Q&A: What the Heck is “Tzlaot Unterif”?

In a word, Yiddish. Remember when I said that there were a bazillion ways to butcher a cow? Well, Yiddish is apparently one of them. Fleisch, a frozen meat brand here in Israel, markets some of the alter haim cuts of meat. So when you’re in Osher Ad and you keep picking up and putting down this cut, at least now you’ll know what it is. It means, literally, under the rib. Rib is “rif” in Yiddish. It’s a cut from the chuck, under the shoulder (what I would call the #4,#5, & #6), next to the French Roast. It’s good for pot roast, chulent, or other moist heat cooking methods.

How do I know? I tracked down Yaakov, the butcher who named it. And it was no surprise that he spoke with a Yiddish accent. Mystery solved.

So now here’s the real question: should I add it to my meat chart? Leave your vote in the comments below.

Cleaning Your Cutting Board

A while ago, I was reminded of a technique for cleaning cutting boards that I once knew. Ever since, I’ve been meaning to write a post about it. While this article isn’t going to make you drool with desire or reveal some wondrous cooking technique, it will give you proof that your cutting board will look brand new in five minutes.

And it’s my first attempt at a time lapse video. Smile for the camera, baby!

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Garlic Paste

Garlic, the same garlic that the Jews pined for in the desert, is an ever-present ingredient in any decent kitchen’s pantry. I say pantry and not refrigerator because, if you’ve ever seen the rotating quotes on the bottom of the sidebar, Anthony Bourdain writes:

“Avoid at all costs that vile spew you see rotting in oil in screwtop jars. Too lazy to peel fresh? You don’t deserve to eat garlic.”

And I wholeheartedly agree.

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Quick Bites: Barley Risotto

Dinner one night a couple of weeks ago was a barley risotto cooked with red wine (Merlot), with sauteed onions and mushrooms, diced pumpkin and seared portobello mushrooms. The chiffonade is Melissa, an herb I failed to grow this past summer in my garden.

I like to use pearl barley as an alternate risotto grain because it gives off a nice amount of silky starch, and remains al dente. It also has flavor to add to the dish.

This is very similar to a popular appetizer that we served at Abagail’s in Cedarhurst when I worked there. This isn’t meant as an homage. This is me kicking that dish’s culinary ass. (And that’s me resenting a $0.50/hour raise)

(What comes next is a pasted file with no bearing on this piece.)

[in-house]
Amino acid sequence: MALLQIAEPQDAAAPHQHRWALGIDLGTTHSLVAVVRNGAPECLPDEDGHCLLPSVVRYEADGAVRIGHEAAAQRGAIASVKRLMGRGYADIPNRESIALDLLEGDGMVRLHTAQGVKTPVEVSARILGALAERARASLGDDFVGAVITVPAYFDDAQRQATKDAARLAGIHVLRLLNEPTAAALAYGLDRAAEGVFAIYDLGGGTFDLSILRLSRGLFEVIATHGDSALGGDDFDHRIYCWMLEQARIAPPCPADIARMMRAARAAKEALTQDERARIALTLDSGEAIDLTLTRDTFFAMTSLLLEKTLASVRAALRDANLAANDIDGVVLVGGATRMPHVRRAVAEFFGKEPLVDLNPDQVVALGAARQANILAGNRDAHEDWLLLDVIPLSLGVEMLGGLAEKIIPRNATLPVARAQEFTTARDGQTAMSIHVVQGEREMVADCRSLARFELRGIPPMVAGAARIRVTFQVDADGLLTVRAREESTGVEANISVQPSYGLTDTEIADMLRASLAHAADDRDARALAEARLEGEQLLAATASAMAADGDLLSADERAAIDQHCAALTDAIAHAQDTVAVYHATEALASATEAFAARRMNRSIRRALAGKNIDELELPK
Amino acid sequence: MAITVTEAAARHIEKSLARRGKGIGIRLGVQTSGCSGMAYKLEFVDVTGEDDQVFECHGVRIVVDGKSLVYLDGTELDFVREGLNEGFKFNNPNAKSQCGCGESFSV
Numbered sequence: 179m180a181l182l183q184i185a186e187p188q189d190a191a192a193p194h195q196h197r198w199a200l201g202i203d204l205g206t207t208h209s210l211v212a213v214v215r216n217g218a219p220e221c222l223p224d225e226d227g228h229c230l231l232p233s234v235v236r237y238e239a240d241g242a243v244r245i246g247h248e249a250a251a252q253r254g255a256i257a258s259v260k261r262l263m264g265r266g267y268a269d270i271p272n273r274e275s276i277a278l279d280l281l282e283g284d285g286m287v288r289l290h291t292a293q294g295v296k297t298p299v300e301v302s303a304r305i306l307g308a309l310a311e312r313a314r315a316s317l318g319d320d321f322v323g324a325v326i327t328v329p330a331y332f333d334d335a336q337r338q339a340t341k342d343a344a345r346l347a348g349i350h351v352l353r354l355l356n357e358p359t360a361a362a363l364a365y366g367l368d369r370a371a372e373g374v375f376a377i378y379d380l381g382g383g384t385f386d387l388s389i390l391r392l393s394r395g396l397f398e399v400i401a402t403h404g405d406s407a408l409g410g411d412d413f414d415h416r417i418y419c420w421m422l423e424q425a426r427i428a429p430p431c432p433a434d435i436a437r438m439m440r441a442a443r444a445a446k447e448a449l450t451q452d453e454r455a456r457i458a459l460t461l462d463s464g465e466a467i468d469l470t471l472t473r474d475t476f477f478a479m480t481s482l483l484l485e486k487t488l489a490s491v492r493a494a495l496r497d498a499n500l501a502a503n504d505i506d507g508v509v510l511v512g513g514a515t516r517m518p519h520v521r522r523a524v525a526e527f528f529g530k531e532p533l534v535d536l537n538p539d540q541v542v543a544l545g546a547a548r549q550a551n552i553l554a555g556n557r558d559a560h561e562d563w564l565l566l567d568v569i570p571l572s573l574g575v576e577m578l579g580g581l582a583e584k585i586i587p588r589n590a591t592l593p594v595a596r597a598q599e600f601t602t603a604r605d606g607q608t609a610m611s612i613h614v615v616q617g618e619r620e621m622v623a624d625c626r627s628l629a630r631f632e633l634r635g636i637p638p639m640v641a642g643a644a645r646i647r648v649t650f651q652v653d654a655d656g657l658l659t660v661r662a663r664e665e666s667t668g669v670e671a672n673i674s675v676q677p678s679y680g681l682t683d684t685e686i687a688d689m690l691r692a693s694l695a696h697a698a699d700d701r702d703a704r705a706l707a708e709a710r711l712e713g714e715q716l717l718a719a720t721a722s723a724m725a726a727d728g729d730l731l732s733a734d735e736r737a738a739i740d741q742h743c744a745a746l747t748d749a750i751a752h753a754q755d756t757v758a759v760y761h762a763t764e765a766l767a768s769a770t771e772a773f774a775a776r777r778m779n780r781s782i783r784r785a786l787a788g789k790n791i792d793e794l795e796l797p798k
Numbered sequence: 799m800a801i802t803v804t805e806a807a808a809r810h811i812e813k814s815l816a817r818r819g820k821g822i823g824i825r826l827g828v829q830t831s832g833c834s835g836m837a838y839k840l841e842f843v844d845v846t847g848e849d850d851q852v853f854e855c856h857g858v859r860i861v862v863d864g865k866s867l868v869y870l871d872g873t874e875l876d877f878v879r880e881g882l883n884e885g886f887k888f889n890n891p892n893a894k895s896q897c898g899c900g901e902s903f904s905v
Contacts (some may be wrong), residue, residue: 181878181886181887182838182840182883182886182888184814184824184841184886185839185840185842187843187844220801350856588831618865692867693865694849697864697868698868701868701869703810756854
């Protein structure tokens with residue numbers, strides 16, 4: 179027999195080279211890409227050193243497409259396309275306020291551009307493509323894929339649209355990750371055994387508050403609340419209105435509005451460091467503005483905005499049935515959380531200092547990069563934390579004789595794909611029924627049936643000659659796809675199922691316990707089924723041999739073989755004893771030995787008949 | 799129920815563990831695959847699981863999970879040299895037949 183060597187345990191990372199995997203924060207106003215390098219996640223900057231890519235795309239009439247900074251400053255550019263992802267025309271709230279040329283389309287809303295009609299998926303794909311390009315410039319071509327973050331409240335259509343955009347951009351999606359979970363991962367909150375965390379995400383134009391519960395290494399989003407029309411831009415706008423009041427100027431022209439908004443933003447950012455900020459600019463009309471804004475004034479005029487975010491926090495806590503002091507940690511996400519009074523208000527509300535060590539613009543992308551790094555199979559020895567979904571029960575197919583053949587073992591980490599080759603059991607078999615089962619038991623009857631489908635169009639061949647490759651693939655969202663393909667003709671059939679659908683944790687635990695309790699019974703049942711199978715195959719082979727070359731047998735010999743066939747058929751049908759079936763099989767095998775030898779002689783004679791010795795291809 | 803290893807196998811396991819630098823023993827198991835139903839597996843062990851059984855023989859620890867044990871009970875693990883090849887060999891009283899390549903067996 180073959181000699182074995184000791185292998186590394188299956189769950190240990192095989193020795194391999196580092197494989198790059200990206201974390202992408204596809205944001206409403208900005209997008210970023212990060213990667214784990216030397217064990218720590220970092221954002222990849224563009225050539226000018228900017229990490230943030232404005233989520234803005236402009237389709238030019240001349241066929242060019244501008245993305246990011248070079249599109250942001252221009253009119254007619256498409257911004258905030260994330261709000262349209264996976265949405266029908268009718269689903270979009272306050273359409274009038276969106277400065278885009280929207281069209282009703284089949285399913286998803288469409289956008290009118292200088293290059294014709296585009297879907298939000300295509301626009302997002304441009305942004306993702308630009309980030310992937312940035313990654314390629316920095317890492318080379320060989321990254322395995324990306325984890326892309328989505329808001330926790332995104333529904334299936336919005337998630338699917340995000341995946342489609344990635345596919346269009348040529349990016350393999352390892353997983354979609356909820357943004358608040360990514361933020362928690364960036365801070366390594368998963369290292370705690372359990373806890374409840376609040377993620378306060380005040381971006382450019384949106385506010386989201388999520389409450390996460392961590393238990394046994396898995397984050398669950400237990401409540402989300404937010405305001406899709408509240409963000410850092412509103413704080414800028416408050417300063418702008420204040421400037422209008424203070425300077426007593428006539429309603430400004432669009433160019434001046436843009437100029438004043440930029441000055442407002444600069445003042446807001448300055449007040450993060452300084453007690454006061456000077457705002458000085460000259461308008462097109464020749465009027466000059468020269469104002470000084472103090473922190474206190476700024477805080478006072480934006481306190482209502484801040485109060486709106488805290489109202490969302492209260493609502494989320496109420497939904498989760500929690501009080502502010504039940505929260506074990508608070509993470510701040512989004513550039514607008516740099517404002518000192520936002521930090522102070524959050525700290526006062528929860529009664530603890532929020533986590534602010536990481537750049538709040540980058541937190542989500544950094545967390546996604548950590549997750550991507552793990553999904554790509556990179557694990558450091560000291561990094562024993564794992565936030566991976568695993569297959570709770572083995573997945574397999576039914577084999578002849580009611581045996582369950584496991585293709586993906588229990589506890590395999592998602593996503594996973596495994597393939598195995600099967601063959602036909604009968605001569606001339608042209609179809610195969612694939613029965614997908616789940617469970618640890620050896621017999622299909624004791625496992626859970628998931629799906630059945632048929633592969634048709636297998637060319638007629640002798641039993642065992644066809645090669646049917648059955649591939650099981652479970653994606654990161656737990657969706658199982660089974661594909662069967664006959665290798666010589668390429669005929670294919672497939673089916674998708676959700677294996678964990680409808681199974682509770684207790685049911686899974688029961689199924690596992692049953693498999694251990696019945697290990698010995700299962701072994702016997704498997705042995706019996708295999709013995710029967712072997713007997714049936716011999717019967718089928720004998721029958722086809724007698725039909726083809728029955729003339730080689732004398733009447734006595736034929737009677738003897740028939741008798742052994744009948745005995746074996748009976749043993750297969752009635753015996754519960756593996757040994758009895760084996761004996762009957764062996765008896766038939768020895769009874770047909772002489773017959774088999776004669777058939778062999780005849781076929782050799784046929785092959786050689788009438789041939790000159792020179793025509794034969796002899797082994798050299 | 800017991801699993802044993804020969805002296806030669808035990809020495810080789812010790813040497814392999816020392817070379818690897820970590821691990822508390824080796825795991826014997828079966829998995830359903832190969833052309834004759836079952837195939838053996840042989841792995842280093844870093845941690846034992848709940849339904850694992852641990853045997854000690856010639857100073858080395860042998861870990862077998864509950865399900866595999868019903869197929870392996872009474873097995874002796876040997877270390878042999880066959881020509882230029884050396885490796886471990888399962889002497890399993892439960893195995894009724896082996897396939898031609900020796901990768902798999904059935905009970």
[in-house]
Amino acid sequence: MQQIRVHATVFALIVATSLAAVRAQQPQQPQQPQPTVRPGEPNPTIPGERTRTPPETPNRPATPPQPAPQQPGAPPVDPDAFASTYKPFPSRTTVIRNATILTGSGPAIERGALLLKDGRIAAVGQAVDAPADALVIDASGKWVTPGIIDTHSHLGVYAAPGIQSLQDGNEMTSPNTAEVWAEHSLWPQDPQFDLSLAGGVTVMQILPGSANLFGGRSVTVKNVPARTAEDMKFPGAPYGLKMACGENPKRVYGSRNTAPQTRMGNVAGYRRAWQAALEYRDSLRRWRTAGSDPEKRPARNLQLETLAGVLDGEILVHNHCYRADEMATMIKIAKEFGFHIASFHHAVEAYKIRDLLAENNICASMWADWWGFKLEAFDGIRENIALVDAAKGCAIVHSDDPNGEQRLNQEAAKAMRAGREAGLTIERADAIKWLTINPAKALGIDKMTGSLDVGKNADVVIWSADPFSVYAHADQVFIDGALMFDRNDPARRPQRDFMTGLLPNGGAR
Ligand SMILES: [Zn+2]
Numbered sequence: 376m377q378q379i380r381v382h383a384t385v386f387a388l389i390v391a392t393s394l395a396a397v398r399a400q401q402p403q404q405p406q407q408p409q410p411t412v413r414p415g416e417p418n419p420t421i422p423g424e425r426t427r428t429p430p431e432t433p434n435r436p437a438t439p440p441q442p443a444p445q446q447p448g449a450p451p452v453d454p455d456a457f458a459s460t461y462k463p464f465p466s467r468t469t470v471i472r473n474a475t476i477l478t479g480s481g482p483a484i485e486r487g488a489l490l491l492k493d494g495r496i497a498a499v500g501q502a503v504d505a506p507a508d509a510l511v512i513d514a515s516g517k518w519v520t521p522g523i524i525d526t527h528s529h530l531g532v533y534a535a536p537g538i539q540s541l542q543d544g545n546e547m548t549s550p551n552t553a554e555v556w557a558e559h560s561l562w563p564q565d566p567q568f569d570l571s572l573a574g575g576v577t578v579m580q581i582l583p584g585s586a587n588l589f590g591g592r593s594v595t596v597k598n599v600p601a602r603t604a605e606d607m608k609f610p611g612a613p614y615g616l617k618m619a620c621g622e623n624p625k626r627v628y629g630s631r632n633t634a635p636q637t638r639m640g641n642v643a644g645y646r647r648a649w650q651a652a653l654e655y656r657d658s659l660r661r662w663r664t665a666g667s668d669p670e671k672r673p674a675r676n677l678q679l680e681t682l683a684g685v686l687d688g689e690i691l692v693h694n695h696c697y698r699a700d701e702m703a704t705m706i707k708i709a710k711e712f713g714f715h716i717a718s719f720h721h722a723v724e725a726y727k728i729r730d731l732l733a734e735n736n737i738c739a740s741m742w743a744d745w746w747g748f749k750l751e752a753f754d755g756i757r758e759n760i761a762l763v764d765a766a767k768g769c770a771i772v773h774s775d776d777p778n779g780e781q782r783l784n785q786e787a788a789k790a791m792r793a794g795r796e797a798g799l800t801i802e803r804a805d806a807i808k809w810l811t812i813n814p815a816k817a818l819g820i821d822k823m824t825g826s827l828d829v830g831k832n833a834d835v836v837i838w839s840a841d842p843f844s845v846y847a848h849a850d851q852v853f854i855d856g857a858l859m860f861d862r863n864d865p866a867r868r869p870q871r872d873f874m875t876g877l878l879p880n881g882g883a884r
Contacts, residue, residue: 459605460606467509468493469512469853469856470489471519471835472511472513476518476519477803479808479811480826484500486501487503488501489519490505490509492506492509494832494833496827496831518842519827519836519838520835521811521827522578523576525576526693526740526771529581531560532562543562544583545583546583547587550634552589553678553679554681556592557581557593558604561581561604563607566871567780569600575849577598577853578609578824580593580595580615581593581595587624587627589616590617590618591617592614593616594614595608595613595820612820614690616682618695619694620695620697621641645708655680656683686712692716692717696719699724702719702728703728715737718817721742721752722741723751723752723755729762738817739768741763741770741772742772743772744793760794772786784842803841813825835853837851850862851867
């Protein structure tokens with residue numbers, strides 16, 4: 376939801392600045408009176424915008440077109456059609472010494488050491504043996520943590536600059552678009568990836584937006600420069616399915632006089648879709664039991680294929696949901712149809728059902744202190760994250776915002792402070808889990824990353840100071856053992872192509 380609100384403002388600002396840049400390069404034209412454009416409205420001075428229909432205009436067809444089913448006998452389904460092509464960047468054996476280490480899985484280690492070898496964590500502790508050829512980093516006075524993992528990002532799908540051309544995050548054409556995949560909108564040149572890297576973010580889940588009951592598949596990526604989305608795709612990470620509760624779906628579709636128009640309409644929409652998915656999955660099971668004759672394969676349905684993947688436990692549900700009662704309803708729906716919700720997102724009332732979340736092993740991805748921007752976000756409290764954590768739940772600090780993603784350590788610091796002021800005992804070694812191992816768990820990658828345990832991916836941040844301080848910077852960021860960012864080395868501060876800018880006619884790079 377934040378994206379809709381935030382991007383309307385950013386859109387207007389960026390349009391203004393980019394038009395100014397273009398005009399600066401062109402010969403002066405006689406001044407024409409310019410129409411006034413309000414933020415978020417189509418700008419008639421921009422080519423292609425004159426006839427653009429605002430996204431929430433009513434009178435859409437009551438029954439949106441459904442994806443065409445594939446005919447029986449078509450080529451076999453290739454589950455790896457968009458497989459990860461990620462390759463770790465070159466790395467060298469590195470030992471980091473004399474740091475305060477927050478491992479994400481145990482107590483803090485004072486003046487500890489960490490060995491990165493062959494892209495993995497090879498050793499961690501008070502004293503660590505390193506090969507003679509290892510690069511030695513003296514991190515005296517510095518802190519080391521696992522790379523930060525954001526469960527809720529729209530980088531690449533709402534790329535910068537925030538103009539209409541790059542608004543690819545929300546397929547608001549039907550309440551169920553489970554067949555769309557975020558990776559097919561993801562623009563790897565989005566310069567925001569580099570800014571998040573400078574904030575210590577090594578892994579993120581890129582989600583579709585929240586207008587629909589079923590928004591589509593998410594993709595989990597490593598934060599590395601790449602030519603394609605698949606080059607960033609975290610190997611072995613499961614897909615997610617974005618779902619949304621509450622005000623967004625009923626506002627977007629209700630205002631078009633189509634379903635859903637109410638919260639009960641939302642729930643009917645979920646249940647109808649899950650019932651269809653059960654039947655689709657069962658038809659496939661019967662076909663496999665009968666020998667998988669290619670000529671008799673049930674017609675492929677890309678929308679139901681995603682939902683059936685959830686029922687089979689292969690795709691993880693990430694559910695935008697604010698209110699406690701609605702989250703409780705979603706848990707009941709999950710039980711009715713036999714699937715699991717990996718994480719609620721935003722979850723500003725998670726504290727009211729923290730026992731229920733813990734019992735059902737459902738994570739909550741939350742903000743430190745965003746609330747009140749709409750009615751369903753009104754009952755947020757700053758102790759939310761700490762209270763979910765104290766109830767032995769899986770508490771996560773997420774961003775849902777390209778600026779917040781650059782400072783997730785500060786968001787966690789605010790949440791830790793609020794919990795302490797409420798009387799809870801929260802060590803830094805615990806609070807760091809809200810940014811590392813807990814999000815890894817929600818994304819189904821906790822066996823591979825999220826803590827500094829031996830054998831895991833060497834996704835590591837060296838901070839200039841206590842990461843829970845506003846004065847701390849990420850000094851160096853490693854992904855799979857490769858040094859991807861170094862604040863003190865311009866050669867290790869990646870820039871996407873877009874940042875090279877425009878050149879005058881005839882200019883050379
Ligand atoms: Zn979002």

Today’s Lunch: Shiva Surplus

Technically speaking, it was breakfast, not lunch, but you’ll forgive me.

My wife lost her father over the chagim, and has been sitting shiva. We are blessed with a wonderful, close-knit, and caring community who have been overwhelmingly successful in their efforts to stuff us to the gills.

With this surfeit of food, I have a number of new food elements in the house that I can tinker with and recombine to make new and delicious things to eat, without letting anything go to waste.

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Meet Kubo, the Pitaya

Israel, as you know, has a large, arid region known as the Negev. And, as you probably know, Israel has this on-again, off-again relationship with the planet, where they mostly hate us unless we’re doing something helpful, like solving agricultural dilemmas, either through irrigation (Africa in the 50s), genetic selection (disease-resistant crops), or plain old common sense (hydroponics improvements).

So along comes plucky Israel and sends agricultural engineers to visit a bunch of other desert climates, and says, “What grows here, and can we grow it in Israel?”

Hey, how about another cactus fruit?

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Pumpkin Bread

The other day, I made pumpkin puree. With over a kilo of the stuff, now I have to find some things to make with it, right? Well, never fear, I’ve come up with a whole bunch of ideas for how to use it. The only question is whether time will allow for it all.

The first thing I’ve prepared is Pumpkin Bread. It’s quick, easy, and delicious. And I didn’t even use Pumpkin Pie Spice.

Go figure.

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Homemade Pumpkin Purée

Libbys_pumpkin[1]Remember this pantry staple from your childhood? Sure you do. During the long summer months, there it was, staring back at you every time you opened the pantry. Waiting, patiently, until the leaves turned a riot of colors and your breath came in small puffs in the chilly winter air. Then, in an almost hallowed ceremony, the can opener would slowly wind its way around the surface until at last, it would reveal the contents it had been secreting away all year…

Rusted sludge.

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